Let there be darkness: charter on curbing light pollution is a small step forward for Hong Kong
While ‘City of Lights’ is a major draw for tourists, many locals are inconvenienced when night is as bright as day
The campaign to reduce light pollution by outlawing unnecessary outdoor lighting and signboards at night has proved to be a challenge in a place like Hong Kong. Powerful business interests and commercial considerations mean there is still considerable resistance to such legislation. After years of deliberation, the best the government can do is a non-binding agreement for premises to switch off their lights voluntarily.
Under the Charter on External Lighting announced by the government, the signatories, including developers, shopping malls, hotels, banks and schools, are to switch off external non-static lights used for decoration, promotion or advertising by 11pm or midnight. Lights used for security and during festive seasons will be exempt.
It may be tempting to congratulate the government for having garnered support from about 4,000 businesses and organisations across various sectors. For a voluntary scheme, the response may be considered satisfactory. But there are probably still many premises which do not want to face any restrictions.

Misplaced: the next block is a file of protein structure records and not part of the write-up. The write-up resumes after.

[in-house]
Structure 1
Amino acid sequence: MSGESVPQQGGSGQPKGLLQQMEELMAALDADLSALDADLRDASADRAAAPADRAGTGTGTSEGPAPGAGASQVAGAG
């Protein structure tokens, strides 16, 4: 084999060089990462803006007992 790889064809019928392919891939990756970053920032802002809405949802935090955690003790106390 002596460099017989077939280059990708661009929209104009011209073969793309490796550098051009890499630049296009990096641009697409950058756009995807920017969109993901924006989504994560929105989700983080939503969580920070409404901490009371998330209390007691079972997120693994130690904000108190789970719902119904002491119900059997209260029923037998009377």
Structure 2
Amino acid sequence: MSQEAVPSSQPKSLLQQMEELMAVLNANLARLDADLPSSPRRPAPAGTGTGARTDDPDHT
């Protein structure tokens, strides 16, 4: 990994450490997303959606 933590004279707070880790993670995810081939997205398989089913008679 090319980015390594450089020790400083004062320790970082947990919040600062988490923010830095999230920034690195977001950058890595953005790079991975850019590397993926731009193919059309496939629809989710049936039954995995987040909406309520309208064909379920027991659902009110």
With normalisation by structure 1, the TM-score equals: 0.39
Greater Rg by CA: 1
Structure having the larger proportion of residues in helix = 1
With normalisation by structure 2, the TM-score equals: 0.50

Nonetheless, it is a promising start. Hopefully, more groups will follow.
Hong Kong is not known as the “City of Lights” without reason. The thousands of dazzling signboards and skyscrapers has added to the city’s character and vibrancy. They are the reasons why tourists flock to the city. However, the visual treats can also be a nuisance for residents. Many office towers, shops and outdoor advertising spaces are brightly lit at night, making us one of the most energy-wasteful places on earth. According to previous studies, Tsim Sha Tsui can be nearly 1,200 times brighter than a normal night sky.
Getting the charter in place is only half the job done. The Environment Bureau should further promote public awareness and closely monitor the implementation of the charter. If the situation is still unsatisfactory, officials should not hesitate to introduce legislation.